I included phrases to address the core money belief that ‘she couldn’t afford herself because her father couldn’t afford her’.
We tapped on
Even though my dad couldn’t afford me and I’m doing the same, I’m continuing to not afford myself because how can I afford myself if dad couldn’t afford me?
I have internalized his lack of money and I’m continuing his legacy, I’m his kid and I have to do it. (She was chuckling throughout this extended setup phrase)
I have to shoulder his responsibility of not affording myself, so I make myself guilty about it, because I’m the only one left, so I do it to myself. I love and forgive myself for doing this to myself, for not affording myself, for continuing his legacy, for shouldering his responsibility of not affording myself.
After tapping on this, she had a cognitive shift, “He could afford me! He had money but he didn’t. And I do the same even when I have money; I feel that I don’t have enough!”
Her guilt was down to a 2.
I introduced another perspective to see her reaction. I said, “He could afford you or not, was his problem but right now whether you can afford yourself or not, is an attitude or thought that you can adopt or change”. I asked her if she was okay with tapping on either “I deserve to afford myself” or “I have every right to afford myself”.
She was comfortable with this perspective and tapped on -
“I have every right to afford myself”.
Then we worked on a specific memory where her father had stopped paying for her college fees. He had a habit of saying things out of the blue. She felt disappointed, “I must really be unworthy! He was yanking stuff away from me all the time”.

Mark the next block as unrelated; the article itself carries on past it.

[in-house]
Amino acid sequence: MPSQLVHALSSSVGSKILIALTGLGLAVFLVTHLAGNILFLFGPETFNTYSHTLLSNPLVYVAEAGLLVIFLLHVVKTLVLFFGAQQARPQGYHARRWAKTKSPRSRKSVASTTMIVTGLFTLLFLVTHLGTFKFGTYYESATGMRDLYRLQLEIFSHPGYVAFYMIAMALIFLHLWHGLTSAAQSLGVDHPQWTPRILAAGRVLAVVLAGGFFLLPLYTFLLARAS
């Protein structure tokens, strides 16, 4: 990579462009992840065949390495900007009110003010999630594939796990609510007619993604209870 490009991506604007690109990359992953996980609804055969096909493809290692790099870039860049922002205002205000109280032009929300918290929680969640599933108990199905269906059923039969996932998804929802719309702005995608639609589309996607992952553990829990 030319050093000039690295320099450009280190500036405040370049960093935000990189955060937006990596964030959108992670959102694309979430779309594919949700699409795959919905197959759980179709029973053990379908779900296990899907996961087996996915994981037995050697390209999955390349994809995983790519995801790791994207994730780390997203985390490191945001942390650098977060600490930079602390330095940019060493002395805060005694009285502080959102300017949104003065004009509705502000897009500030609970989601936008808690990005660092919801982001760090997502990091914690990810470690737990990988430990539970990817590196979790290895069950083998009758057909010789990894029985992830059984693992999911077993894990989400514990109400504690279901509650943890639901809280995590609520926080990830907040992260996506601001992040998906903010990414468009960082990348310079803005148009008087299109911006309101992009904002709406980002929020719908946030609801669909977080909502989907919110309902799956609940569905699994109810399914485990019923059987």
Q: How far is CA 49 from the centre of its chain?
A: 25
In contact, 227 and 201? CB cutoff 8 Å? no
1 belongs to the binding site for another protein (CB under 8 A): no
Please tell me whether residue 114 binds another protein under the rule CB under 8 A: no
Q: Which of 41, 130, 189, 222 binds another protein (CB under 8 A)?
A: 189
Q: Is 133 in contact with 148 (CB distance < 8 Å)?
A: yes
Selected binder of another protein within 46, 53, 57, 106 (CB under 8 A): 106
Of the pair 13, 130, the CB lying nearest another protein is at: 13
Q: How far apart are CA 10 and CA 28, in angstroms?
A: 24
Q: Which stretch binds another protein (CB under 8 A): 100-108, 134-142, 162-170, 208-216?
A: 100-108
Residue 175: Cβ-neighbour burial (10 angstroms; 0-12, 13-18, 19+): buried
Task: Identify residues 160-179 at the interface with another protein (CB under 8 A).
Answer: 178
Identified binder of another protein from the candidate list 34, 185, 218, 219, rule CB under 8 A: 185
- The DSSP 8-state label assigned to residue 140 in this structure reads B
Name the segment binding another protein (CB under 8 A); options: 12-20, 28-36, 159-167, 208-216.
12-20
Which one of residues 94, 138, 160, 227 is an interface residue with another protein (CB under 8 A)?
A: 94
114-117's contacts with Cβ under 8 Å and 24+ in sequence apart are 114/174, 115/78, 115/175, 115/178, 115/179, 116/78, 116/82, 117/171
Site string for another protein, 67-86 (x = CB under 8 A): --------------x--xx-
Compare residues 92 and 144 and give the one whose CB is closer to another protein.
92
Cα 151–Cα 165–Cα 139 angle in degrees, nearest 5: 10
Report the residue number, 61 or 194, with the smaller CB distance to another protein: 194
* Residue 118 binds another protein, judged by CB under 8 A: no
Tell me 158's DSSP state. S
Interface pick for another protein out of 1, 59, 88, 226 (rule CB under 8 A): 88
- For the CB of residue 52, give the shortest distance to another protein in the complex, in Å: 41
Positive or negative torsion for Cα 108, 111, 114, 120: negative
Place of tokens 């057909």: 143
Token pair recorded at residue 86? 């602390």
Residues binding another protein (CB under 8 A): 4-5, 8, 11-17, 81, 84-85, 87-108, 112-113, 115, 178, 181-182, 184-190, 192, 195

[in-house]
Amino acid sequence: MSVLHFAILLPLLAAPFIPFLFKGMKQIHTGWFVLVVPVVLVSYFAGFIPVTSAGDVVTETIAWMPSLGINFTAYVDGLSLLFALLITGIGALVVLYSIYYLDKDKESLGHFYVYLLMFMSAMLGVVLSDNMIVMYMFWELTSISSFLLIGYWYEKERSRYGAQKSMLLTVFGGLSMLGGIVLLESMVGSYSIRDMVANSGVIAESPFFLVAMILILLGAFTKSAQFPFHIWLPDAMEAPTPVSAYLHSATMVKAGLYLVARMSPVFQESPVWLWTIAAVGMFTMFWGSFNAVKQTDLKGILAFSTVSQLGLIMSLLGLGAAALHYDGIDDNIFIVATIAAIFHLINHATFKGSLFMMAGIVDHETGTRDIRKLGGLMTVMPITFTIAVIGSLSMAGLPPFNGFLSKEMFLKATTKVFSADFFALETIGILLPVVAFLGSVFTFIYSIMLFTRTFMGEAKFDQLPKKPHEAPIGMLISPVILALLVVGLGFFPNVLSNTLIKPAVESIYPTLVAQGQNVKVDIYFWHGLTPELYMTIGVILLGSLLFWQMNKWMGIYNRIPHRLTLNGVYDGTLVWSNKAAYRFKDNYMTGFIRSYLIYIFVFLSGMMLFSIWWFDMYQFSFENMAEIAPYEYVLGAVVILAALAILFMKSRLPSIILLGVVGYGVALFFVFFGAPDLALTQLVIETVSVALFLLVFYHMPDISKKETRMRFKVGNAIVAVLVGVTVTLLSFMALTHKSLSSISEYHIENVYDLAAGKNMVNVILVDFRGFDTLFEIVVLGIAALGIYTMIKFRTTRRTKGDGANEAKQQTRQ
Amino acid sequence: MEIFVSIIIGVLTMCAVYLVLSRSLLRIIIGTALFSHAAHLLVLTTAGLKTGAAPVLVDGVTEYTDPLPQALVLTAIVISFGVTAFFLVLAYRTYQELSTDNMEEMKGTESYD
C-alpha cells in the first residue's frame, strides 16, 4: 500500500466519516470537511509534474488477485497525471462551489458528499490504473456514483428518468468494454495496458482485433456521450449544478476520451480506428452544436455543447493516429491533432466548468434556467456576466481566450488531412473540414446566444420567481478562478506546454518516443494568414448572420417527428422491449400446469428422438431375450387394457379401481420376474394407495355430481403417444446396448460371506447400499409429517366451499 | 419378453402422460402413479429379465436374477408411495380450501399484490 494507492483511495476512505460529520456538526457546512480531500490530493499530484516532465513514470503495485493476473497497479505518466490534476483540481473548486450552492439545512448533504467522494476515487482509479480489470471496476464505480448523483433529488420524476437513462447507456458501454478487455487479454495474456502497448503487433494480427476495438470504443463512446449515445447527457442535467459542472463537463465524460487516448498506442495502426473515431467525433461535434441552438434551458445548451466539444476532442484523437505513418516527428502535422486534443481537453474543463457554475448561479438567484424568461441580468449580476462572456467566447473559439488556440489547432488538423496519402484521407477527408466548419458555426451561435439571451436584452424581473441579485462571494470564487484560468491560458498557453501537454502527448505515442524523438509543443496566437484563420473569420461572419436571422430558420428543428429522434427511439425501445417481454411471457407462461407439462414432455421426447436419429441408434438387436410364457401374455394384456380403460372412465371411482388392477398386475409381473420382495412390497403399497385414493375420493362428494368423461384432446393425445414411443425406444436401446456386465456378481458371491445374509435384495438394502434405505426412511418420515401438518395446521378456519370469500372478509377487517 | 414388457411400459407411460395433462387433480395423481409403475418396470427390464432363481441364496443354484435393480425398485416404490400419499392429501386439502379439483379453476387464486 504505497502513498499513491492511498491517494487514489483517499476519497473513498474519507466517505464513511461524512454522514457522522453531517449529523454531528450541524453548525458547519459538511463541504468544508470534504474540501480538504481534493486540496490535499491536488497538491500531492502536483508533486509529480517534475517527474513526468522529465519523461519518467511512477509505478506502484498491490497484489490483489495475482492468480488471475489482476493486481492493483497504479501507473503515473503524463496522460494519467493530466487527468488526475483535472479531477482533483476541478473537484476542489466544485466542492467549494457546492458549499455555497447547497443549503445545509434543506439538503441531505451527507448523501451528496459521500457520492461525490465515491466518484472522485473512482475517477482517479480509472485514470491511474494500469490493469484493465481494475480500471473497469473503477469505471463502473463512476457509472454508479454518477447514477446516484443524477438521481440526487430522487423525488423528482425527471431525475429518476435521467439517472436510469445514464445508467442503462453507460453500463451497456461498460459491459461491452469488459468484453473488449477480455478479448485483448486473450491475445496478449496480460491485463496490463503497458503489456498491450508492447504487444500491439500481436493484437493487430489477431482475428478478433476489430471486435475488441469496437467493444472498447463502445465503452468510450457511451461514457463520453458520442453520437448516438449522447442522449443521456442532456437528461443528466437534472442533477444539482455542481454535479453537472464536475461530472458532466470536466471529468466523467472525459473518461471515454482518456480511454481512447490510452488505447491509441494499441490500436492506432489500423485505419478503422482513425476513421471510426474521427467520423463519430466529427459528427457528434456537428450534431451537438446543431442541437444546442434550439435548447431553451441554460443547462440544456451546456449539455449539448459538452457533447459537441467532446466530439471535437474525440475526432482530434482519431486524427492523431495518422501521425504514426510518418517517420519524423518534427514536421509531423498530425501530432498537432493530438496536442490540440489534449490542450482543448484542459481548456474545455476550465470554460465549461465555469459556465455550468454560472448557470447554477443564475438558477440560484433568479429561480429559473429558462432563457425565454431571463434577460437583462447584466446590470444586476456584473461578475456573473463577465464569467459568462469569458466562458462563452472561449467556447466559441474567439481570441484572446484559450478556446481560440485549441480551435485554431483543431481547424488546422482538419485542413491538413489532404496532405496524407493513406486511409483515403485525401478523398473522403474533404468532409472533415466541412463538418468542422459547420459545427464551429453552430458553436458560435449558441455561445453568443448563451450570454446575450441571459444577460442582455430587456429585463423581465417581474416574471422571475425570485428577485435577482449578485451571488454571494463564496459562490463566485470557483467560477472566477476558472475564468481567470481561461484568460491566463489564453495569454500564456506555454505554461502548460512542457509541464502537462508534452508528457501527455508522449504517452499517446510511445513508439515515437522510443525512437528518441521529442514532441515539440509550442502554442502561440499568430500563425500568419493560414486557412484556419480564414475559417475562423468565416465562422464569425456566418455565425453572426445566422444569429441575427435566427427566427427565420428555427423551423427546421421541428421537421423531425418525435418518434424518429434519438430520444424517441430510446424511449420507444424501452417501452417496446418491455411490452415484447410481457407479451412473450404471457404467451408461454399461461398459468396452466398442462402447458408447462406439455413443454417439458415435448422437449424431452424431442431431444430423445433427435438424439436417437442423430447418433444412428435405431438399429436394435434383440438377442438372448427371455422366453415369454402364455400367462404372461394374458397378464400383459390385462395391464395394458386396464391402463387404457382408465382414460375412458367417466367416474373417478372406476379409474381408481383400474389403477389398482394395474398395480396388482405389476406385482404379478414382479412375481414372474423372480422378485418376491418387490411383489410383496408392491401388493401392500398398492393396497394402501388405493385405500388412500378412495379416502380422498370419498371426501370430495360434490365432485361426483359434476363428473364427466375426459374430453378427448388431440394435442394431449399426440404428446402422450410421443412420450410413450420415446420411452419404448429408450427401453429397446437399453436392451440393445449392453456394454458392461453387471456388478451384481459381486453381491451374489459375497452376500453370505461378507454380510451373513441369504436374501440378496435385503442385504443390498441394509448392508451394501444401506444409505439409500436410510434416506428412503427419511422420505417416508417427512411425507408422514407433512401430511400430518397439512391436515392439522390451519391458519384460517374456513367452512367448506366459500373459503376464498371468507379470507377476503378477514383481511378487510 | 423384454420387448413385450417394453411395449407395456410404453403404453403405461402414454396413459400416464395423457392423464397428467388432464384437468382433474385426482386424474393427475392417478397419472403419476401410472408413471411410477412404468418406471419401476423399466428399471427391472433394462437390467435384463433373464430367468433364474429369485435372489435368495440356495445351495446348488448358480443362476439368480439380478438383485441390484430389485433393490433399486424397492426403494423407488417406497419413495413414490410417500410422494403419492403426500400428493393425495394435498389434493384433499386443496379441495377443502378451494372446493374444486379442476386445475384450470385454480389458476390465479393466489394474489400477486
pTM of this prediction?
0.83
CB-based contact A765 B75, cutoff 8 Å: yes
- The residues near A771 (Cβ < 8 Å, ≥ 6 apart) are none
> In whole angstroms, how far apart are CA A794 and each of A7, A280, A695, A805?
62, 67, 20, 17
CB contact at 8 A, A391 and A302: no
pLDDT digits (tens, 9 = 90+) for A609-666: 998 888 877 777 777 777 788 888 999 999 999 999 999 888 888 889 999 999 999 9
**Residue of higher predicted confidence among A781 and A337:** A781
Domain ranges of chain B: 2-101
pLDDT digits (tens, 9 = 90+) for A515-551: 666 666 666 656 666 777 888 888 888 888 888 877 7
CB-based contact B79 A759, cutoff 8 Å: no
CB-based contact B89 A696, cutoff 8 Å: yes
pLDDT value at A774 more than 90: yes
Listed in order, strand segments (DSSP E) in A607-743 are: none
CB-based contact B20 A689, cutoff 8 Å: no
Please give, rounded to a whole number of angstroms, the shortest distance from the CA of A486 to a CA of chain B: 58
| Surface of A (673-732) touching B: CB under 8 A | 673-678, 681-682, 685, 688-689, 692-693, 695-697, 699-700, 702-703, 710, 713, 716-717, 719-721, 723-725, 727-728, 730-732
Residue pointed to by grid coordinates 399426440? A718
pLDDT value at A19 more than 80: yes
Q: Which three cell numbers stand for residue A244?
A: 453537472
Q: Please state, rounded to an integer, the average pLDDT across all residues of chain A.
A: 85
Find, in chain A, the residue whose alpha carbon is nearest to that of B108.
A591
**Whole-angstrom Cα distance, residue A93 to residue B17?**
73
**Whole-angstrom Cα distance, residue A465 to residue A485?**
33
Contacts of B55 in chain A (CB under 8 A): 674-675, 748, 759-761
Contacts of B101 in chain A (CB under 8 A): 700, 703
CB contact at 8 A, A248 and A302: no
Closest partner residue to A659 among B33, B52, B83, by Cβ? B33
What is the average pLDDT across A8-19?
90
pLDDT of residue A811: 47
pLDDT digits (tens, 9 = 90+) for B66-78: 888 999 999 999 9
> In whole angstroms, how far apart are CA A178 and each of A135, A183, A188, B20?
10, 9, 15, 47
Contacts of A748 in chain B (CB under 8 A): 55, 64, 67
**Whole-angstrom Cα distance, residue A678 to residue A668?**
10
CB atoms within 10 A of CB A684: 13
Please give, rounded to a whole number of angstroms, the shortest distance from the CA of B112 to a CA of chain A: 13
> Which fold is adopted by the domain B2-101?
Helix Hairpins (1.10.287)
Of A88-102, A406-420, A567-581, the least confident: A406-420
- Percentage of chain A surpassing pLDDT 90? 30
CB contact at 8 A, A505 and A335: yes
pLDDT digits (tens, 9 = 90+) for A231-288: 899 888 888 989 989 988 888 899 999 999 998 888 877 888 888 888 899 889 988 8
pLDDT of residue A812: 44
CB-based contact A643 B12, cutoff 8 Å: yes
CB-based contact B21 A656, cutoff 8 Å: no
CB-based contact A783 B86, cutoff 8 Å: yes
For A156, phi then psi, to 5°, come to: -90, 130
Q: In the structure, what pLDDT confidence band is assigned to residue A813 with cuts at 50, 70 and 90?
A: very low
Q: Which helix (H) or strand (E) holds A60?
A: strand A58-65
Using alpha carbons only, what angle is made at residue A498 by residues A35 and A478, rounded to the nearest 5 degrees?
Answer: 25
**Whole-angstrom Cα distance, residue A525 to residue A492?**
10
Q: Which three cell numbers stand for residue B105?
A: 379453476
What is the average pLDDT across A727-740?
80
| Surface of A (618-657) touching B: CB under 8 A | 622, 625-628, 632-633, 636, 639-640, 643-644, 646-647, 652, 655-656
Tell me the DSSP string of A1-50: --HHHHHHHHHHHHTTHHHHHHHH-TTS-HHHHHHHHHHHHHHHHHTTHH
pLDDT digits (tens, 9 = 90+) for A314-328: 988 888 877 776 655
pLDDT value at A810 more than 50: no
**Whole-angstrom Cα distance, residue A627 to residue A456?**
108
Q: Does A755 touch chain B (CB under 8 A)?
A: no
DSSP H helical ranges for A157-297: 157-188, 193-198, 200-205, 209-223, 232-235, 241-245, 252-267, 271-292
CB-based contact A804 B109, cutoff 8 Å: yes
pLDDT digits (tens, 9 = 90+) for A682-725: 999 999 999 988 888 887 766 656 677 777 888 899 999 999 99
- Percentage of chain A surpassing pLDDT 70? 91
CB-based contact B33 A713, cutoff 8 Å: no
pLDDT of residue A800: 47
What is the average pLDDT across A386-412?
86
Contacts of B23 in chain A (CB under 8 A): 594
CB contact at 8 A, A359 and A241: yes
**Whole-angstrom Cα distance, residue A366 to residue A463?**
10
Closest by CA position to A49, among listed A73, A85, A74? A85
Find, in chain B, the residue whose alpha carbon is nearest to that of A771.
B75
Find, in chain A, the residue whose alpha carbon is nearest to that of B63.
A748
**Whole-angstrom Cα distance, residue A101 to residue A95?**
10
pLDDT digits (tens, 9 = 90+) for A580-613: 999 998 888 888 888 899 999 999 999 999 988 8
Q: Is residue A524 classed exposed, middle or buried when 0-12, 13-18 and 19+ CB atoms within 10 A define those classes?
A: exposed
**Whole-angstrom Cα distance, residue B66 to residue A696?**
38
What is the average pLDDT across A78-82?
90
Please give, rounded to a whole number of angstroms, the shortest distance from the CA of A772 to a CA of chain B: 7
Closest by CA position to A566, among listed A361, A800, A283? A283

So we reframed -
Even though I feel unworthy because my dad stopped paying for my college, and the only explanation I had was that I’m unworthy, otherwise why would he stop paying for my college, I feel that I don’t deserve to keep money, to get a steady flow of money; somehow I feel that I am not worthy enough because my dad felt so and I think so, …
After 2 rounds on this, I asked her what she was feeling.
She said, “If I don’t have much; if I don’t have money, I won’t be attacked and no one will take it away from me.” There were several incidents tied to this belief.
So we did a couple of rounds on -
Even though I feel unworthy because he kept doing this kind of thing, kept taking things away from me, I choose to feel worthy to get the things that I really want without the fear that someone will take it away from me.
After a few rounds on this, she felt relieved. The very next day I got an e-mail from her saying that she had a job offer, “I got a call today to …. I quoted the top of the pay range, too, since I'm very experienced. I'll be teaching ... I'm already excited to do it! What a fast result from our session last night! We are obviously working on the right stuff!
In the next session, we worked on her belief that “lack of money would keep me safe as no one would take it away from me” and tied it to the incidents that supported this belief.
In my experience, reframing must be done carefully, especially with people who’ve had a traumatic past. It helps to introduce reframes only after the trauma has been cleared or to use them if the client is agreeable to them. It’s good to provide a safe and open space where they can tell you when they are uncomfortable with what you say or believe. Rapport is also a must for the reframe to work. However, despite having a good rapport, sometimes humorous reframes can backfire. Especially from a cross cultural perspective, humor may not always go down well with a client's belief system.